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Guide to Scholarly Writing, Publishing, and Research Impact: Avoiding Predatory Publishers and Conferences

This guide to scholarly communications will acquaint researchers with knowledge and tools for better understanding and managing the creation and dissemination of their scholarly research.

What are Predatory Journals?

The topic of predatory journals, including the definition and scope of the problem, can be controversial.

I prefer a definition used by Richard Poynder in discussing predatory open-access publishers as those "who clearly and deliberately trick researchers – essentially, by failing to provide the promised (or even a meaningful) service and/or deceiving them about the nature of that service, simply in order to extract money from them" (20 July 2018 blog post on Open and Shut).

The charging of an open-access author fee does NOT always make a journal predatory. Many journals may charge an author fee for open-access publication, and this practice is not automatically predatory. 

Predatory journals generally exist only to collect these (often exorbitant) fees, and publish articles as an afterthought, without rigorous (or any) review by editors or peers. Their sole aim is to make money, not to evaluate and disseminate high-quality research which advances scholarship in a discipline.

What are Hijacked Journals?

Hijacked journals are fake websites of authentic ones, utilizing the title and ISSNs of reputable journals (Jalalian & Mahboobi).

Authors may fall prey to a hijacked journal more easily than other simple predatory journals because of the appearance of legitimacy and credentials. By falsely assuming the reputable journal's identity, the fake website is able to solicit manuscripts and pocket the money from article processing charges (APCs). 

Some tips for identifying and/or avoiding hijacked journals (adapted from Jalalian & Mahboobi):

  • Generally ignore solicitations for articles that are addressed to you personally (as opposed to a listserv or other group).
  • Ignore unsolicited emails that say your work is already accepted / is guaranteed to be accepted.
  • Be wary of promises for very fast publishing in a prestigious journal (e.g., a "two-week turnaround" promise). Legitimate peer-review and editing processes usually take time. 
  • Rather than following website links from a promotional email, check relevant databases such as Scopus, SCImago, Directory of Open Access Journals (DOAJ), or similar for the journal's valid website address.
  • Use one of the resources suggested below to check the “Whois” profile of a website:
    • InterNIC (http://www.internic.com)
    • Domain Tools (http://www.domaintools.com)
    • GoDaddy (http://www.godaddy.com)
    • OnlineNIC (http://www.onlinenic.com)
  • Verify deeper website content beyond just the homepage, such as past issues, author instructions, etc.
  • Evaluate the website's design for strange images, frequent spelling/grammar errors, or other questionable characteristics. 
  • Because people with less experience may have difficulty distinguishing fake versus legitimate websites, consult an expert--such as a senior colleague in your department, a mentor in your field, or the SHSU Scholarly Communications Librarian
  • While being attentive and cautious, do not automatically avoid all journals that may be smaller, niche, or new. Some can be excellent. Be open to new venues, and seek guidance in uncertainty.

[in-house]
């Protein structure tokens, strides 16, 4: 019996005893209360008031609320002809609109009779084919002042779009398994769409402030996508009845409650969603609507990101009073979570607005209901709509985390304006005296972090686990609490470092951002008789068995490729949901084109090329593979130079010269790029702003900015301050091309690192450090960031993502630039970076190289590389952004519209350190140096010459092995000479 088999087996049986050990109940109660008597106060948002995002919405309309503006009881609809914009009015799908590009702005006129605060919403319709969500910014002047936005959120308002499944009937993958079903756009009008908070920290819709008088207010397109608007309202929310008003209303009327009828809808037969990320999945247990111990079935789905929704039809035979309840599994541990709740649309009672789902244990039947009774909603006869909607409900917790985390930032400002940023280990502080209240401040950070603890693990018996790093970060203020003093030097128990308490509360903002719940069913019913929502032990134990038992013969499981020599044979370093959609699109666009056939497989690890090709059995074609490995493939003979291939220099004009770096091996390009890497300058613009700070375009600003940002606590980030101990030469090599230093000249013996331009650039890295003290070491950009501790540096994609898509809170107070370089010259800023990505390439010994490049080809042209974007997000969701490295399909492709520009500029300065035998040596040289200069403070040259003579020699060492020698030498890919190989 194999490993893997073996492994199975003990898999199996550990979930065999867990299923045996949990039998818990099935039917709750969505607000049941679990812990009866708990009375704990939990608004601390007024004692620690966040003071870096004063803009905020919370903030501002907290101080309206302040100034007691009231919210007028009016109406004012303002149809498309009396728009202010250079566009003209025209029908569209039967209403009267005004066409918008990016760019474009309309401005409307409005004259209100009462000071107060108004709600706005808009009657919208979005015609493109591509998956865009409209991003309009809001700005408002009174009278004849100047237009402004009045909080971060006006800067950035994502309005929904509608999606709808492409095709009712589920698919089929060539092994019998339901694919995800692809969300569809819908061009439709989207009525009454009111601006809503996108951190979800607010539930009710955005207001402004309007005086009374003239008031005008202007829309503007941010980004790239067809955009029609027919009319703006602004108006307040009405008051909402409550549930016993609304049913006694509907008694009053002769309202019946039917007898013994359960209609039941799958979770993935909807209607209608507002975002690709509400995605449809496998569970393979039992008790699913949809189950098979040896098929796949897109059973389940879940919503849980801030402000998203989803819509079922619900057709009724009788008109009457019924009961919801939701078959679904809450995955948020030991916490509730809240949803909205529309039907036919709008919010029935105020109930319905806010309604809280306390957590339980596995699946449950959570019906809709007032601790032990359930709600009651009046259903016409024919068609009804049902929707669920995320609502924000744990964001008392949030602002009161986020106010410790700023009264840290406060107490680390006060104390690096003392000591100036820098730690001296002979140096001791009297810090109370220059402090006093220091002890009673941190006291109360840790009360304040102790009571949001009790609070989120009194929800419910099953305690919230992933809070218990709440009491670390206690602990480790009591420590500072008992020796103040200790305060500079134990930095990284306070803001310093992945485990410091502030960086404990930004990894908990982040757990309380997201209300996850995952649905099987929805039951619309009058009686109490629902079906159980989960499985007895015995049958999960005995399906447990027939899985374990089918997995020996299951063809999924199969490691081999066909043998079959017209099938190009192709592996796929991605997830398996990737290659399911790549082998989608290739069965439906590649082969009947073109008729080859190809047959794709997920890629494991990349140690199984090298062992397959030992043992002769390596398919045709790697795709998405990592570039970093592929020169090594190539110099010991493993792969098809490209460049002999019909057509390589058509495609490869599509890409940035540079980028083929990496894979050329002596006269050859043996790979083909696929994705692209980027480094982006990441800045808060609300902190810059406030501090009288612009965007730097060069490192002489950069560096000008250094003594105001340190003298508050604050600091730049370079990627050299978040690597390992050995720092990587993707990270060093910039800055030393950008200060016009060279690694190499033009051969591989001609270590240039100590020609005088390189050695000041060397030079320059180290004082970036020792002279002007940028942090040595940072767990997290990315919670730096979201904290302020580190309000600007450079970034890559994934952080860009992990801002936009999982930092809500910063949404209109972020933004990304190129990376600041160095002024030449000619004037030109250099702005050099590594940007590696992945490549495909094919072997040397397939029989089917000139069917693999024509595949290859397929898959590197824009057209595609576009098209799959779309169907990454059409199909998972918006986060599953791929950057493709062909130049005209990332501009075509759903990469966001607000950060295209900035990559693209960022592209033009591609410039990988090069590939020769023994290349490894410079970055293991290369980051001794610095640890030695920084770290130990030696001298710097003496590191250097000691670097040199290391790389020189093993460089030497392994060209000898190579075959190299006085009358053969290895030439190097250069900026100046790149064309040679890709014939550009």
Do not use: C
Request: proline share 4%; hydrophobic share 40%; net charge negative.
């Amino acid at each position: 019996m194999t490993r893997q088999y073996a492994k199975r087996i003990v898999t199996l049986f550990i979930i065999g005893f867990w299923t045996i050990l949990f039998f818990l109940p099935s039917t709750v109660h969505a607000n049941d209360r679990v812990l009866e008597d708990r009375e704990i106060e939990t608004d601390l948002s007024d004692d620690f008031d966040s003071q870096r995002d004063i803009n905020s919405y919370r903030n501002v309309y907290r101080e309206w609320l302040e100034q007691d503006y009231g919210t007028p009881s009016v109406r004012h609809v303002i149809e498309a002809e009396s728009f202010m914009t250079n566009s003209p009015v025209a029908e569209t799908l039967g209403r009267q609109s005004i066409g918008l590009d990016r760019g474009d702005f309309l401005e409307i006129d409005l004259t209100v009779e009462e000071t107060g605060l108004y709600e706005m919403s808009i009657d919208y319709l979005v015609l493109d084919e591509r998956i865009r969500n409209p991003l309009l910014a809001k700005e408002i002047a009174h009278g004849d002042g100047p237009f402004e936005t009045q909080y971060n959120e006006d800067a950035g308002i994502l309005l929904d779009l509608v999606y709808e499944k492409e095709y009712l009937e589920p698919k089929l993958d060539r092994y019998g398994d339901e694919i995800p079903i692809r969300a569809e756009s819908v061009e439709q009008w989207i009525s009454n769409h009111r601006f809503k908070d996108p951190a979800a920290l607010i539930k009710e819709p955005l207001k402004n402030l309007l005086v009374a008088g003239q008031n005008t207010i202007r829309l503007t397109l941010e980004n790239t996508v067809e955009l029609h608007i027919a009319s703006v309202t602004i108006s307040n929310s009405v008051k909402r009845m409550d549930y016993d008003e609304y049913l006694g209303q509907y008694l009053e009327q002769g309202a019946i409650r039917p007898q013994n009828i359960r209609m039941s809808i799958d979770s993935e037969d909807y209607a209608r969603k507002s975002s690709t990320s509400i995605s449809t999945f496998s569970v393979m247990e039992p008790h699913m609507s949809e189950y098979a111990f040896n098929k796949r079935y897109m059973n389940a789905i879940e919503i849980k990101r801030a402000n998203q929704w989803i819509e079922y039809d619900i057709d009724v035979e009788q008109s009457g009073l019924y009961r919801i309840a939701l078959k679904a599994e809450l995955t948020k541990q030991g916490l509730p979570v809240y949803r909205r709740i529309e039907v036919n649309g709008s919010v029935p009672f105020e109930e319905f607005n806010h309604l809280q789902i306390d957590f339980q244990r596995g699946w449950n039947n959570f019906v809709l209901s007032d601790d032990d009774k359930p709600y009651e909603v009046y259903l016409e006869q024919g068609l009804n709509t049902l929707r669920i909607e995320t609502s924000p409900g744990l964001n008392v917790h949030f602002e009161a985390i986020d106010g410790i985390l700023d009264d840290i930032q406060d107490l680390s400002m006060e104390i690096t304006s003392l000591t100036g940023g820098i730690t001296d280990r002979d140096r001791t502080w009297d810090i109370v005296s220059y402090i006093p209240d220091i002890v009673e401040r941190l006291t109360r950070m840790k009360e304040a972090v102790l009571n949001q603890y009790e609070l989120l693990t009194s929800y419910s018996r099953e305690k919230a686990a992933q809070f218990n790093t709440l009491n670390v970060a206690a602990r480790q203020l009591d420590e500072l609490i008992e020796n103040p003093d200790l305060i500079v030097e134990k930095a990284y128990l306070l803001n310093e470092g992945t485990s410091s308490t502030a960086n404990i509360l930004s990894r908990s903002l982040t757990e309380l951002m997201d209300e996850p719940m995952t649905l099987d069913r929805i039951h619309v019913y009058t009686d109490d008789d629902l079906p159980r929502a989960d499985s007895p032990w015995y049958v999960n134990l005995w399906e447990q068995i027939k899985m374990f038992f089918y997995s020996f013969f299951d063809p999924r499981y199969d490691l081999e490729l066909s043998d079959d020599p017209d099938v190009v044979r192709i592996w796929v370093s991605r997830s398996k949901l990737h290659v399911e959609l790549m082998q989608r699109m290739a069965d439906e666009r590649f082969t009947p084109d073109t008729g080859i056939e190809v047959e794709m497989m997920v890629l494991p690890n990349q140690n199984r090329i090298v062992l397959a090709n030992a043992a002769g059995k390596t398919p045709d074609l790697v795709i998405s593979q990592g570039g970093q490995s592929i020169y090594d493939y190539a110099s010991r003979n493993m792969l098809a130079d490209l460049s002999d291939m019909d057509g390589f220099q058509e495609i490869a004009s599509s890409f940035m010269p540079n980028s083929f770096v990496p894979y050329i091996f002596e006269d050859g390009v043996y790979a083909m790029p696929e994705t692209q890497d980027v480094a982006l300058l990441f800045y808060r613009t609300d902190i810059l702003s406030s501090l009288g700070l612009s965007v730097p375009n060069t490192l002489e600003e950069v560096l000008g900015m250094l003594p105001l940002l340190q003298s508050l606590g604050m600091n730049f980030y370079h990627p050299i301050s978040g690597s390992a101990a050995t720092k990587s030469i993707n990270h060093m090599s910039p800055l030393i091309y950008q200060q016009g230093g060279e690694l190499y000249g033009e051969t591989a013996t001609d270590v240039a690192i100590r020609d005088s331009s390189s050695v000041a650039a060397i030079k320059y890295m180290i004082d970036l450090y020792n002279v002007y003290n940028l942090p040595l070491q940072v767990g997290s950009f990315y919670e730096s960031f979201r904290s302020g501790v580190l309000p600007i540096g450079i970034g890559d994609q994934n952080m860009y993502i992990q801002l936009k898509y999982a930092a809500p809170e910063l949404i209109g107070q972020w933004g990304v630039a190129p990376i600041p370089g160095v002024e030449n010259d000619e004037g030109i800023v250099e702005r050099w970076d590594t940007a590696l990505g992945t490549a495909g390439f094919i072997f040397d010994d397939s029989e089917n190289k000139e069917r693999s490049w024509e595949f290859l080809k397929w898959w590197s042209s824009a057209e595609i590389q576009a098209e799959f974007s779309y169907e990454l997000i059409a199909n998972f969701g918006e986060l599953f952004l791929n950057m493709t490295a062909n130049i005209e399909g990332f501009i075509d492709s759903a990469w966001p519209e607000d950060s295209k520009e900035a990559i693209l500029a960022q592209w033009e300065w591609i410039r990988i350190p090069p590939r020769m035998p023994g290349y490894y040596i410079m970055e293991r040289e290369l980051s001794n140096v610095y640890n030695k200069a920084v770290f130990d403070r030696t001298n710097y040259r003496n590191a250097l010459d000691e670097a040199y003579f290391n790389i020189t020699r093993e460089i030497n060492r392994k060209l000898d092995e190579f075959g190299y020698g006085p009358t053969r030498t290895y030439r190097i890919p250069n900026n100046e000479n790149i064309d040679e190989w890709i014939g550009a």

Source referenced: Jalalian M, Mahboobi H. (2014). Hijacked journals and predatory publishers: is there a need to re-think how to assess the quality of academic research? Walailak Journal of Science & Technology 11(5): 389-394. https://wjst.wu.ac.th/index.php/wjst/article/view/1004/385

What are Predatory Conferences?

Researchers sometimes receive invitations to attend or present at conferences that are not legitimate but simply covers for an organizer to profit from exorbitant registration or presenter fees.

It is important to protect your investment of time and money, as well as ensure that your presentations or attendance at conferences are actually furthering your participation in your academic field.

Identifying Predatory or Low-Quality Journals

Predatory Publishing In the News

What are Blacklists and Whitelists?

Whitelist: seeks to include sites which are confirmed to be trustworthy.

Blacklist: seeks to list sites known or highly suspected to be untrustworthy. 

"Blacklists and whitelists share the same problem in that they attempt to externalize an evaluation process that is best internal, contextual, and iterative." 

Swauger, Shea. (2017). "Open access, power, and privilege: A response to 'What I learned from predatory publishing.'" College & Research Libraries News 78(11). https://crln.acrl.org/index.php/crlnews/article/view/16837/18435

Whitelists: Reputable Journals

Understand: If a site is not included in a whitelist, it still might be legitimate; it may simply not have undergone that list's vetting process. Remember also that (a) mistakes can be made, and (b) some journals' quality may change over time. It is always best to assess a publication yourself using rigorous standards.

Other, more specific whitelists may be provided by your department, college, professional association, etc.

Blacklists: Possible/Probable Predatory Journals

Understand: If a site is not included in a blacklist, it may still be illegitimate; it simply may not have undergone that list's vetting process. Remember also that (a) mistakes can be made, and (b) some journals' quality may change over time.

Combating Predatory Publishing with Open Peer Review

 

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